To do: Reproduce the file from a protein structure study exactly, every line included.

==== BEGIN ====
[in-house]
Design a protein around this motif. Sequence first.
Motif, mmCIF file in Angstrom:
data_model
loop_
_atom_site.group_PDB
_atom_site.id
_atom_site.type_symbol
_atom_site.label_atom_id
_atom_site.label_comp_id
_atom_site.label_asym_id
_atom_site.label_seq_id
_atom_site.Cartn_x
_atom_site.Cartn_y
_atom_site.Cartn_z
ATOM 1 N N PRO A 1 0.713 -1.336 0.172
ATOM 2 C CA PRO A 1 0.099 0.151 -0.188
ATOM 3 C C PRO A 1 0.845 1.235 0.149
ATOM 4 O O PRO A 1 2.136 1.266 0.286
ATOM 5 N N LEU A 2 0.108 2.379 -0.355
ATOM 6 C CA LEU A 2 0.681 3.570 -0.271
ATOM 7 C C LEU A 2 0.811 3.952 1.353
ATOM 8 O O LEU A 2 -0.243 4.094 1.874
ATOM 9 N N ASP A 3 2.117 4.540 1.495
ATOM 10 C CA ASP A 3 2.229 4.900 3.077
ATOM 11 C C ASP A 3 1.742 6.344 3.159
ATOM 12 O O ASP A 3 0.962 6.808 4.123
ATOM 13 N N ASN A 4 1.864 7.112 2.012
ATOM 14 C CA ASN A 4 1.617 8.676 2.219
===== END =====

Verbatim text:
[in-house]
Design a protein around this motif. Sequence first.
Motif, mmCIF file in Angstrom:
data_model
loop_
_atom_site.group_PDB
_atom_site.id
_atom_site.type_symbol
_atom_site.label_atom_id
_atom_site.label_comp_id
_atom_site.label_asym_id
_atom_site.label_seq_id
_atom_site.Cartn_x
_atom_site.Cartn_y
_atom_site.Cartn_z
ATOM 1 N N PRO A 1 0.713 -1.336 0.172
ATOM 2 C CA PRO A 1 0.099 0.151 -0.188
ATOM 3 C C PRO A 1 0.845 1.235 0.149
ATOM 4 O O PRO A 1 2.136 1.266 0.286
ATOM 5 N N LEU A 2 0.108 2.379 -0.355
ATOM 6 C CA LEU A 2 0.681 3.570 -0.271
ATOM 7 C C LEU A 2 0.811 3.952 1.353
ATOM 8 O O LEU A 2 -0.243 4.094 1.874
ATOM 9 N N ASP A 3 2.117 4.540 1.495
ATOM 10 C CA ASP A 3 2.229 4.900 3.077
ATOM 11 C C ASP A 3 1.742 6.344 3.159
ATOM 12 O O ASP A 3 0.962 6.808 4.123
ATOM 13 N N ASN A 4 1.864 7.112 2.012
ATOM 14 C CA ASN A 4 1.617 8.676 2.219